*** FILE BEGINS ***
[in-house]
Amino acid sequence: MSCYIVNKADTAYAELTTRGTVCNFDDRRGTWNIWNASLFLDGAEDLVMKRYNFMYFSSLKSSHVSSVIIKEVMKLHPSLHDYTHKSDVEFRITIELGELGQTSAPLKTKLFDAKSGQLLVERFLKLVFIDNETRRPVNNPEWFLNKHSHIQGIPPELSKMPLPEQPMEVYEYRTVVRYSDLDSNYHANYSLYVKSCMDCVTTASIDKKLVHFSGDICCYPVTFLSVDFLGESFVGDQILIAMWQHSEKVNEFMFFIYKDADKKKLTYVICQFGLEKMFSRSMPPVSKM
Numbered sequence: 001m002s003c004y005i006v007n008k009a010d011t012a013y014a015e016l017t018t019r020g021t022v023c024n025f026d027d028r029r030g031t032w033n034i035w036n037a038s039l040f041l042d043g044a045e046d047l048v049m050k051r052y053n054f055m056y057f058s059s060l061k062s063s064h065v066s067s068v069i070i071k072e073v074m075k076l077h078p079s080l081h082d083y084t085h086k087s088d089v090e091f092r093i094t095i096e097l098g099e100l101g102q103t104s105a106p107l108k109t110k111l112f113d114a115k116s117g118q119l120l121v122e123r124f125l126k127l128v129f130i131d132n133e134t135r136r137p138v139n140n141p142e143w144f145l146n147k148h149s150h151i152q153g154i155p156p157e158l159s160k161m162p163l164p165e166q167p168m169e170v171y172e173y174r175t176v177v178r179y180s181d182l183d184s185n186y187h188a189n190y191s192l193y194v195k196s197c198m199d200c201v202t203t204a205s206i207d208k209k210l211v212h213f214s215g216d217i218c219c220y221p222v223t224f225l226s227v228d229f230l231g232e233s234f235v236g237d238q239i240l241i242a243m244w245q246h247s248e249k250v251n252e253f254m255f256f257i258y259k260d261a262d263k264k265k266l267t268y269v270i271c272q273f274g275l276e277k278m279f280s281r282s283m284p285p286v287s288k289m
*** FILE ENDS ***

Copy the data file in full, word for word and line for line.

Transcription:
[in-house]
Amino acid sequence: MSCYIVNKADTAYAELTTRGTVCNFDDRRGTWNIWNASLFLDGAEDLVMKRYNFMYFSSLKSSHVSSVIIKEVMKLHPSLHDYTHKSDVEFRITIELGELGQTSAPLKTKLFDAKSGQLLVERFLKLVFIDNETRRPVNNPEWFLNKHSHIQGIPPELSKMPLPEQPMEVYEYRTVVRYSDLDSNYHANYSLYVKSCMDCVTTASIDKKLVHFSGDICCYPVTFLSVDFLGESFVGDQILIAMWQHSEKVNEFMFFIYKDADKKKLTYVICQFGLEKMFSRSMPPVSKM
Numbered sequence: 001m002s003c004y005i006v007n008k009a010d011t012a013y014a015e016l017t018t019r020g021t022v023c024n025f026d027d028r029r030g031t032w033n034i035w036n037a038s039l040f041l042d043g044a045e046d047l048v049m050k051r052y053n054f055m056y057f058s059s060l061k062s063s064h065v066s067s068v069i070i071k072e073v074m075k076l077h078p079s080l081h082d083y084t085h086k087s088d089v090e091f092r093i094t095i096e097l098g099e100l101g102q103t104s105a106p107l108k109t110k111l112f113d114a115k116s117g118q119l120l121v122e123r124f125l126k127l128v129f130i131d132n133e134t135r136r137p138v139n140n141p142e143w144f145l146n147k148h149s150h151i152q153g154i155p156p157e158l159s160k161m162p163l164p165e166q167p168m169e170v171y172e173y174r175t176v177v178r179y180s181d182l183d184s185n186y187h188a189n190y191s192l193y194v195k196s197c198m199d200c201v202t203t204a205s206i207d208k209k210l211v212h213f214s215g216d217i218c219c220y221p222v223t224f225l226s227v228d229f230l231g232e233s234f235v236g237d238q239i240l241i242a243m244w245q246h247s248e249k250v251n252e253f254m255f256f257i258y259k260d261a262d263k264k265k266l267t268y269v270i271c272q273f274g275l276e277k278m279f280s281r282s283m284p285p286v287s288k289m